The novel manages to be absorbing without once making your blood race. The absence of climaxes, initially frustrating, helps you sink into the intricacies of Shigeya’s predicament. Which board members are likely to support him? How should he interpret that phone call from the bank vice-president? How can Taisei expect its employees to keep their morale up if their dormitory has inadequate air conditioning? As a writer, Shimizu is nothing if not methodical; of course, the world he’s portraying is one of elaborate protocol and interlocking obligations. (One of the characters is simply known as Quality Control Section Chief Saito. Imagine making water-cooler chat with him!) When the codes of respect are violated—”We don’t need you, senile old man,” barks one rebellious exec at Shigeya—you’re more shocked, in a low-key way, than you are by the sounds of Uzis in an American thriller.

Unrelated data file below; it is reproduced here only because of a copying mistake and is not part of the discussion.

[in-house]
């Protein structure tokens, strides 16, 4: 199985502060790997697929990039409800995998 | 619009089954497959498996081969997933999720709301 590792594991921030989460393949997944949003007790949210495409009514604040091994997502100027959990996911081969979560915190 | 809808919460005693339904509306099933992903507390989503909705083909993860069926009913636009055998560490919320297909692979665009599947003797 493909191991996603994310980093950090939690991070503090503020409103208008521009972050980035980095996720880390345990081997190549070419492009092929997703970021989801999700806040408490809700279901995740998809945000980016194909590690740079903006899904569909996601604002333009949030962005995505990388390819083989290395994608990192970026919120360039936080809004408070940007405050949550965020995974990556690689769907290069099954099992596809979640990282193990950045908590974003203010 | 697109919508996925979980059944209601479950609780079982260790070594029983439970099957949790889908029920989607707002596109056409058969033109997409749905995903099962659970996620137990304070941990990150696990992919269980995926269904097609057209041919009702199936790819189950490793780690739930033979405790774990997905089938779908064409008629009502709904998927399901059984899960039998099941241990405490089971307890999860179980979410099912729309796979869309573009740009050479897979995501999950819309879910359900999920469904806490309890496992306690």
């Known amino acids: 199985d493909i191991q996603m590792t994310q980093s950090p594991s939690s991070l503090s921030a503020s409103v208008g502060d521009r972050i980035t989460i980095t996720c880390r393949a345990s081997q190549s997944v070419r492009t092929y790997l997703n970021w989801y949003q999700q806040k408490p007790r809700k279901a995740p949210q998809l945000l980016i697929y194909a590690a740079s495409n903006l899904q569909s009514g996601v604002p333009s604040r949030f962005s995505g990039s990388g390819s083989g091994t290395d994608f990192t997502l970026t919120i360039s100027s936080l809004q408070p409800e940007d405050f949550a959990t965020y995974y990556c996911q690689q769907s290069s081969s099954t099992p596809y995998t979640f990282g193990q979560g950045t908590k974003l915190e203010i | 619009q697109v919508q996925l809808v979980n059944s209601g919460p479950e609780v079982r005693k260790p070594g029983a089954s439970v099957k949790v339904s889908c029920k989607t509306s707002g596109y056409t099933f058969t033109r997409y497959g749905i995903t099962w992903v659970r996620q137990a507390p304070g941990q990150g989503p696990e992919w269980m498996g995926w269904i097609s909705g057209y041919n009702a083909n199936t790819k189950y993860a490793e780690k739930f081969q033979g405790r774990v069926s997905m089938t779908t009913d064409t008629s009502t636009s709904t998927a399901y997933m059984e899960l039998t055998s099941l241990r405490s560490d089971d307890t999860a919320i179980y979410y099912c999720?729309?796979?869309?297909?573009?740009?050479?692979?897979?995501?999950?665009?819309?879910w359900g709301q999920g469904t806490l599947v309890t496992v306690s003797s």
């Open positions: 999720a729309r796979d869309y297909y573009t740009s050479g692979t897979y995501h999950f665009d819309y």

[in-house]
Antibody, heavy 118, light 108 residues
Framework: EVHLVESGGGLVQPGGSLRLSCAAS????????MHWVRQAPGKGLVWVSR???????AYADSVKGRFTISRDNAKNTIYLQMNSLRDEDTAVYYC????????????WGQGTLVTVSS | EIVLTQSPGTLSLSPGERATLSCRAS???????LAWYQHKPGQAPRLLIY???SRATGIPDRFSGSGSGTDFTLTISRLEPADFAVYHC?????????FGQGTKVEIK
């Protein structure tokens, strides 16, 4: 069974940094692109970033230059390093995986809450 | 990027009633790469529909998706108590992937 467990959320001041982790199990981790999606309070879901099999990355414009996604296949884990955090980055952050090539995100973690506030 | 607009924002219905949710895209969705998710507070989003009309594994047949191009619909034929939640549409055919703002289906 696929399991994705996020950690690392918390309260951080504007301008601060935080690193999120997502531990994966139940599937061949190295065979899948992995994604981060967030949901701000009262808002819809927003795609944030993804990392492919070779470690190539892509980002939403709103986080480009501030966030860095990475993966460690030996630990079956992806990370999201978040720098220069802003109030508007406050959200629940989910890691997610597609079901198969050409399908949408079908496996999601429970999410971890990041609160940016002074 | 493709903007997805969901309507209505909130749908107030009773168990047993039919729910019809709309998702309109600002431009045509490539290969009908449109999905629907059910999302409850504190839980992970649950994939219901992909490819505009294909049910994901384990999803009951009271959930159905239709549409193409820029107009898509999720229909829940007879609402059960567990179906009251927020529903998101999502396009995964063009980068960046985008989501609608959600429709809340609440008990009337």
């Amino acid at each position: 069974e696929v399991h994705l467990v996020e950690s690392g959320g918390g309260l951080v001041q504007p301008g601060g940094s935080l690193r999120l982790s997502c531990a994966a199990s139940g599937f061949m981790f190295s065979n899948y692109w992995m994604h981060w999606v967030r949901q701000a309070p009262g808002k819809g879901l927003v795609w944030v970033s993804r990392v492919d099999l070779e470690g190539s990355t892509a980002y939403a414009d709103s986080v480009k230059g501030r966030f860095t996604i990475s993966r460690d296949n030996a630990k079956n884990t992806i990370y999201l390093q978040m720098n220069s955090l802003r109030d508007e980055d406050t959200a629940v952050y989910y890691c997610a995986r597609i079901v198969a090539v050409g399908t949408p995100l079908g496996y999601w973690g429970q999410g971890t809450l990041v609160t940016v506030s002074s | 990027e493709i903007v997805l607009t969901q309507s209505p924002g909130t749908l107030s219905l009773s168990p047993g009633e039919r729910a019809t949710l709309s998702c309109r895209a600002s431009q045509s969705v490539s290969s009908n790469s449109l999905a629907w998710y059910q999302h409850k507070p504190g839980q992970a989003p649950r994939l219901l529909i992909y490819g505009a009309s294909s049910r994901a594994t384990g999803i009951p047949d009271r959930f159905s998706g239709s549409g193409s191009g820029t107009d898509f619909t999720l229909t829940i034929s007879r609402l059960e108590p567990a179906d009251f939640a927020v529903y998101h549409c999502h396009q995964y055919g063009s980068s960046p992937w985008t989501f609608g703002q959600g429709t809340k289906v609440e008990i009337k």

I found myself becoming fascinated by the Keiretsu Company Binding Rules, and by sentences that might have put me to sleep in other contexts. “A car is made of many parts—some 14,000 to 15,000 on average,” Shimizu writes. “TM had arranged to buy approximately 80% of these parts from its own keiretsu.” Noted—also savored and enjoyed. When a TM engineer asks a Taisei staffer, “You propose putting a washer on each lamp—doesn’t that add to your cost?”, I was genuinely curious about how the inevitable “Yes, but …” answer would be handled.